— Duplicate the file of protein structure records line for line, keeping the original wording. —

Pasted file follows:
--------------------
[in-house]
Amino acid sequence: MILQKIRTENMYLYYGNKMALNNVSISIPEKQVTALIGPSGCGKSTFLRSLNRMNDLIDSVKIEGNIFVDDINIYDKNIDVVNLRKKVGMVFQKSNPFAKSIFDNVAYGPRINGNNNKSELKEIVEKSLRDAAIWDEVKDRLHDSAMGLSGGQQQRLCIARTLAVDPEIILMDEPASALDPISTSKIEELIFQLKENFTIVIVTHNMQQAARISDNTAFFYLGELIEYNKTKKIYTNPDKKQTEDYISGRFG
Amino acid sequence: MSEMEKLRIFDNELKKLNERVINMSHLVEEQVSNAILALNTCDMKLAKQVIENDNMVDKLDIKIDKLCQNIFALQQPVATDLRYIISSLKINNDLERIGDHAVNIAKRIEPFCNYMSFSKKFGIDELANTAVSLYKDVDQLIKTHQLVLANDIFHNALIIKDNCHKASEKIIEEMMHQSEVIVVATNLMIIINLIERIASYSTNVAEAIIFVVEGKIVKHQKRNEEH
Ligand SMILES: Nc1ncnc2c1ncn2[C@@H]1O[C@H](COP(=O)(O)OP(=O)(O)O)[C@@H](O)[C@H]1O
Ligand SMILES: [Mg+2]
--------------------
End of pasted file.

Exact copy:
[in-house]
Amino acid sequence: MILQKIRTENMYLYYGNKMALNNVSISIPEKQVTALIGPSGCGKSTFLRSLNRMNDLIDSVKIEGNIFVDDINIYDKNIDVVNLRKKVGMVFQKSNPFAKSIFDNVAYGPRINGNNNKSELKEIVEKSLRDAAIWDEVKDRLHDSAMGLSGGQQQRLCIARTLAVDPEIILMDEPASALDPISTSKIEELIFQLKENFTIVIVTHNMQQAARISDNTAFFYLGELIEYNKTKKIYTNPDKKQTEDYISGRFG
Amino acid sequence: MSEMEKLRIFDNELKKLNERVINMSHLVEEQVSNAILALNTCDMKLAKQVIENDNMVDKLDIKIDKLCQNIFALQQPVATDLRYIISSLKINNDLERIGDHAVNIAKRIEPFCNYMSFSKKFGIDELANTAVSLYKDVDQLIKTHQLVLANDIFHNALIIKDNCHKASEKIIEEMMHQSEVIVVATNLMIIINLIERIASYSTNVAEAIIFVVEGKIVKHQKRNEEH
Ligand SMILES: Nc1ncnc2c1ncn2[C@@H]1O[C@H](COP(=O)(O)OP(=O)(O)O)[C@@H](O)[C@H]1O
Ligand SMILES: [Mg+2]